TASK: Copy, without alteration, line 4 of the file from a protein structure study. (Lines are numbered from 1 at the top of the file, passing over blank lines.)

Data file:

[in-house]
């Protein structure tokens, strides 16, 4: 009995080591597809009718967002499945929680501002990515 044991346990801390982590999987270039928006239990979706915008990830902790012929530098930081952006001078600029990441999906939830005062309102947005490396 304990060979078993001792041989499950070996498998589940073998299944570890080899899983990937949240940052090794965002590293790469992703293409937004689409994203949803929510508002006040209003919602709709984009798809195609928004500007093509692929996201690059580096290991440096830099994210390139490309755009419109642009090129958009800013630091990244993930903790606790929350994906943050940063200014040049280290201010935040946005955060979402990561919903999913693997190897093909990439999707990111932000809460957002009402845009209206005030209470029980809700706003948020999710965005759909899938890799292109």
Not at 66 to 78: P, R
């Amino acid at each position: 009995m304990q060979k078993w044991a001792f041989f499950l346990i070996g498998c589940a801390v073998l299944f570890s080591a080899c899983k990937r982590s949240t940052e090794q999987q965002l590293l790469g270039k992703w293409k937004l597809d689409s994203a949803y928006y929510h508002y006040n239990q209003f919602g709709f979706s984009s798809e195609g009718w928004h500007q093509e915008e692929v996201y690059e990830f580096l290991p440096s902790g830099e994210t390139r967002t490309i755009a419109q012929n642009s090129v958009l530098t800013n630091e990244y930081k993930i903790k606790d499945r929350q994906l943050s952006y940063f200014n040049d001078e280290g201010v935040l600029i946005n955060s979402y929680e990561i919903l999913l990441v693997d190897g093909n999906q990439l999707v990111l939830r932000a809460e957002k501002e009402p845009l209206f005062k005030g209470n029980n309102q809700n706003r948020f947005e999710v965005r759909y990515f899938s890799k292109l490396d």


């Amino acid at each position: 009995m304990q060979k078993w044991a001792f041989f499950l346990i070996g498998c589940a801390v073998l299944f570890s080591a080899c899983k990937r982590s949240t940052e090794q999987q965002l590293l790469g270039k992703w293409k937004l597809d689409s994203a949803y928006y929510h508002y006040n239990q209003f919602g709709f979706s984009s798809e195609g009718w928004h500007q093509e915008e692929v996201y690059e990830f580096l290991p440096s902790g830099e994210t390139r967002t490309i755009a419109q012929n642009s090129v958009l530098t800013n630091e990244y930081k993930i903790k606790d499945r929350q994906l943050s952006y940063f200014n040049d001078e280290g201010v935040l600029i946005n955060s979402y929680e990561i919903l999913l990441v693997d190897g093909n999906q990439l999707v990111l939830r932000a809460e957002k501002e009402p845009l209206f005062k005030g209470n029980n309102q809700n706003r948020f947005e999710v965005r759909y990515f899938s890799k292109l490396d």